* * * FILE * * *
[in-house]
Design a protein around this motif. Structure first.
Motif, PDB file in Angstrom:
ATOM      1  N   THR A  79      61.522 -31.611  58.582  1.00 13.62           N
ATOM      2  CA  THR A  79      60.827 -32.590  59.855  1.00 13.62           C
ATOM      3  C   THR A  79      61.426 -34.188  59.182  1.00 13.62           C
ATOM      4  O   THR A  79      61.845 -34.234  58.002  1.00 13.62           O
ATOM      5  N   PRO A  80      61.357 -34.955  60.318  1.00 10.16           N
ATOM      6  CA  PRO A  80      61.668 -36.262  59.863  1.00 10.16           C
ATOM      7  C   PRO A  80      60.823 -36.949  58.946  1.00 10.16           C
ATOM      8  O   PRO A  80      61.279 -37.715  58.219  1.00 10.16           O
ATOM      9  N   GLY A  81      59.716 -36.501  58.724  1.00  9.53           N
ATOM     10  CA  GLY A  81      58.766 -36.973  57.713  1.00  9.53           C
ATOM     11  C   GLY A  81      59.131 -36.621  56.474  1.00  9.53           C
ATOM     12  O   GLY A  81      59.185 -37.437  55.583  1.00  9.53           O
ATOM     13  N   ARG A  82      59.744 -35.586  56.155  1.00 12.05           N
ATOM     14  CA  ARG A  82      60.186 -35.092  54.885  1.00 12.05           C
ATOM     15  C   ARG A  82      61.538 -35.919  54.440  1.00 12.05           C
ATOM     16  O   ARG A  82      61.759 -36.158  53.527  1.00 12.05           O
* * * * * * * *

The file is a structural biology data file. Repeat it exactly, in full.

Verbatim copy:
[in-house]
Design a protein around this motif. Structure first.
Motif, PDB file in Angstrom:
ATOM      1  N   THR A  79      61.522 -31.611  58.582  1.00 13.62           N
ATOM      2  CA  THR A  79      60.827 -32.590  59.855  1.00 13.62           C
ATOM      3  C   THR A  79      61.426 -34.188  59.182  1.00 13.62           C
ATOM      4  O   THR A  79      61.845 -34.234  58.002  1.00 13.62           O
ATOM      5  N   PRO A  80      61.357 -34.955  60.318  1.00 10.16           N
ATOM      6  CA  PRO A  80      61.668 -36.262  59.863  1.00 10.16           C
ATOM      7  C   PRO A  80      60.823 -36.949  58.946  1.00 10.16           C
ATOM      8  O   PRO A  80      61.279 -37.715  58.219  1.00 10.16           O
ATOM      9  N   GLY A  81      59.716 -36.501  58.724  1.00  9.53           N
ATOM     10  CA  GLY A  81      58.766 -36.973  57.713  1.00  9.53           C
ATOM     11  C   GLY A  81      59.131 -36.621  56.474  1.00  9.53           C
ATOM     12  O   GLY A  81      59.185 -37.437  55.583  1.00  9.53           O
ATOM     13  N   ARG A  82      59.744 -35.586  56.155  1.00 12.05           N
ATOM     14  CA  ARG A  82      60.186 -35.092  54.885  1.00 12.05           C
ATOM     15  C   ARG A  82      61.538 -35.919  54.440  1.00 12.05           C
ATOM     16  O   ARG A  82      61.759 -36.158  53.527  1.00 12.05           O